Edited by Dr. Shahid Athar
Historical NotesThe JIMA believes not only in the revivalism and fine establishment of the tenets of the Islamic faith within the individual and within Muslim society but also in restoration, review, research and compilation of the knowledge of the brilliant past of Islamic Medicine. We have proposed to several Islamic countries to open a department of Islamic Medicine in their medical schools as well as to establish an Institute of Islamic Medicine for gathering extent works of great Hakims of the past, to translate them, to do clinical and laboratory research on their empirical findings and their vast Pharmacopoeia.
To this end, we have obtained permission first to publish in parts the translation by Martin Levey of Adab al-Tabib of Al-Ruhawi's "Practical ethics of the physicians" which was printed by the American Philosophical Society as the Transactions of APS, vol. 57, part 3, 1967, Philadelphia.
Who was Ruhawi?
Ishaq Ibn Ali Al-Ruhawi must have written his deontological treatise, Adab al-Tabib in the 9th century. After al-Rubawi, to complete the picture, one should mention two of the greatest physician-philosophers of the Islamic World, al-Farabi (d. 950 A.D.) AND IBN SINA (B. 980 A.D.). Al- Ruhawi was probably from Ruha, a city of northwest Iraq. Earlier, it had been called Edessa, a well known center of Nestorian learning at one time. He was a Christian who embraced Islam and had written two works on Galen.
Al-Ruhawi's Adab al-Tabib is found as a unique copy in the Suleymaniye Kitabhane #1658. It comprises 112 folios, seventeen lines per page and is written in a good Nashki hand. The dedication is to the Sultan Bayezid.
In previous publications the first chapter and part of chapter 11 of Ruhawi's Adab Al-Tabib were presented. JIMA will continue to publish pertinent sections and chapters of this great work of the second IsIamic Century . (9th century A.D.).
Statement on Edible Matter
(Ruhawi's Adab al-Tabib translated by Martin Levey)
Since what we have mentioned in regard to the five senses is useful for systematic improvement, a word is in order on the natural matters as an example and for guidance,. We mentioned the natural matters of air, exercise, and rest. It is necessary to follow up with a statement on edible matter, by the way, with brevity and with mention of useful factors which will encourage and urge one to study science in its occurrences and its books.
I say that edible matter may be called food as a synonym since food is sometimes made of it. Real foods are substances which are distinguished from edible matter by the first, second, and third cooking, and their superfluities, which are not eaten, are thrown away. Those substances remain which are suited to become a part of the one who eats [them], and takes the place of what was lost by him since they make a quantitative excess. In this way, he is not dissolved away and does not perish.
The situation is such that you will find that edible things have different tastes and qualities, and accordingly affect the body in various ways. Thus, it is necessary to know their composition and functions. I mean also that one should also understand the body and its natural complexion; together with this it is indispensable for you to know the natural or acquired complexion of its stomach.
Our excellent teacher Galen encourages and leads us to this in his book On Nutrition. He said, "It is necessary that one be careful to know these matters. You find that foods sometimes are slow to swell up and sometimes quick. This depends on the reaction of the stomach at the beginning or by the substances in that which was eaten and drunk. Because some of them are moist, some dry, some viscous, some quickly separating and falling apart, some pungent and acrid, some sour or bitter or sweet or salty, and sometimes these properties are found in drugs, therefore properties of foods are considered as easy remedies."' It is essential that the physician take Galen completely at his word to the full extent of this science for the preservation of life is of great importance.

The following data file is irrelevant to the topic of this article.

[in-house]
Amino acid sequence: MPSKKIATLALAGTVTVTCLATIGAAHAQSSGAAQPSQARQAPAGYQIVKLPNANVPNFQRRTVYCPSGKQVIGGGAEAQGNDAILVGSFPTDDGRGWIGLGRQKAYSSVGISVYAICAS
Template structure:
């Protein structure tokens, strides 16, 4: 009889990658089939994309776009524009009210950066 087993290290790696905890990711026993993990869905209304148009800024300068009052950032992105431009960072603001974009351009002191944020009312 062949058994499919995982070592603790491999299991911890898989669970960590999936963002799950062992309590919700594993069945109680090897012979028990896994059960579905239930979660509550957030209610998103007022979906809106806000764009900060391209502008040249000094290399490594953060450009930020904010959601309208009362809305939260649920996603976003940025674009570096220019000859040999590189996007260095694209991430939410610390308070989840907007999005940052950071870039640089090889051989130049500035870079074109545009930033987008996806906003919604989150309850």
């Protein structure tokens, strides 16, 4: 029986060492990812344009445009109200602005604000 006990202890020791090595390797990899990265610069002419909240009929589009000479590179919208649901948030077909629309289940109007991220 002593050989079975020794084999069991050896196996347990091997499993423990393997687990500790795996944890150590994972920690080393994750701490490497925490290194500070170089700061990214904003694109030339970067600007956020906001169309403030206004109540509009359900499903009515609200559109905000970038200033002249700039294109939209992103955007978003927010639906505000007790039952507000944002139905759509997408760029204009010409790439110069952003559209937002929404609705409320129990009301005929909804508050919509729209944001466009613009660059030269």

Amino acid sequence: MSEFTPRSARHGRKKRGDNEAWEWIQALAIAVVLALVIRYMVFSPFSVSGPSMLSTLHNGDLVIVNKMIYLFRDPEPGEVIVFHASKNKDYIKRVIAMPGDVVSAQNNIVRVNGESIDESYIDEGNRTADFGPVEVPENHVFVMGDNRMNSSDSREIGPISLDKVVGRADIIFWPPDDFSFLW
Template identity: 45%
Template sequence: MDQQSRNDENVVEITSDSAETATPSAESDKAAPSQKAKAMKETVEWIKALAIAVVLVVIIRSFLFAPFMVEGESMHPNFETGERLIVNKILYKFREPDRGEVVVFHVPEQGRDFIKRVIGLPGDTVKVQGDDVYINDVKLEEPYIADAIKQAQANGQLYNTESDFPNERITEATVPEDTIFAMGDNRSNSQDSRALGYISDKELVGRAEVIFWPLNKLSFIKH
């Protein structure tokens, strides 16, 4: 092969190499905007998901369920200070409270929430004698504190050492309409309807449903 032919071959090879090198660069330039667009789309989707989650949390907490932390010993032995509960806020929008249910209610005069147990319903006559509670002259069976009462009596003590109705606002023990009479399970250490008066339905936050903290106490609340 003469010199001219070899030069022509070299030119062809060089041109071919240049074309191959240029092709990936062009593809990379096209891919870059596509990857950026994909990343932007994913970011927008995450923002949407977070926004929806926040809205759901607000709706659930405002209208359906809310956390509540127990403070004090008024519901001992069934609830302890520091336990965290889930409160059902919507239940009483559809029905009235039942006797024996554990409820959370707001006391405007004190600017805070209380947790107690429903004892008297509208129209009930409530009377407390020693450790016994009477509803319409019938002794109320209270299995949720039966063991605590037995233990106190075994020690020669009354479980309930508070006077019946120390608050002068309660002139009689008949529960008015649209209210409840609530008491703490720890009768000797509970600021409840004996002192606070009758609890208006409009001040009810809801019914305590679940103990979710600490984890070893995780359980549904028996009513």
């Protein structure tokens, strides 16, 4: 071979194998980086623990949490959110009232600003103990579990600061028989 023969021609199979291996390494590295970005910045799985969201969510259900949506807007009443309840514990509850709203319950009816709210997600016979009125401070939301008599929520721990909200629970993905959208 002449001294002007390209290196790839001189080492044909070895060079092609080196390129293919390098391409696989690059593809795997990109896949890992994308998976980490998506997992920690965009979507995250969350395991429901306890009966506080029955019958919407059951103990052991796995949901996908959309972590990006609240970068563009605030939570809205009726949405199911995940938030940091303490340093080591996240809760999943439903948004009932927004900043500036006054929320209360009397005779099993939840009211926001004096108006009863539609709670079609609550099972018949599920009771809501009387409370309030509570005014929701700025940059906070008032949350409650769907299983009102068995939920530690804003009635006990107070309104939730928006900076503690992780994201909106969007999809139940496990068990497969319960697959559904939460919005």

Galen said that the science of the properties of foods is close to being one of the most useful of medical sciences. While there is not always need to employ the other [sciences] for bodily health, the need for food is always present, both in times of health and illness, for life does not go on without it.
It is not necessary, 0 physician, that you imitate any writer in regard to the properties of foods, their states, and their functions in the body. Some have written volumes on the basis of experience but this experience is insufficient when applied to an actual case. You may, however, find some similar factors which are common but it is not sound to judge by these merely. An example of this is that you find several things which cause diuresis or facilitate an abundant flow, and so on. You find that some are cold and some hot. In teaching this, Galen quoted the scholar and physician before him called Theophilus. It is this, Galen said that Theophilus stated that men are not wise who believe that a single property like taste or heat or smell when found in two things will make them all alike. Aside from this common factor, there may be many different properties. One must not, therefore, treat all substances which empty the belly, or cause diuresis, or have any other common property, as being alike in all their properties. This is so because that (substance] may be hot or cold or salty and not every sweet or salty thing has the same strength in taste. But one may consider that the resultant action of a substance comes from its total make-up. Whoever grasps this principle will make no mistake and will not lose the truth.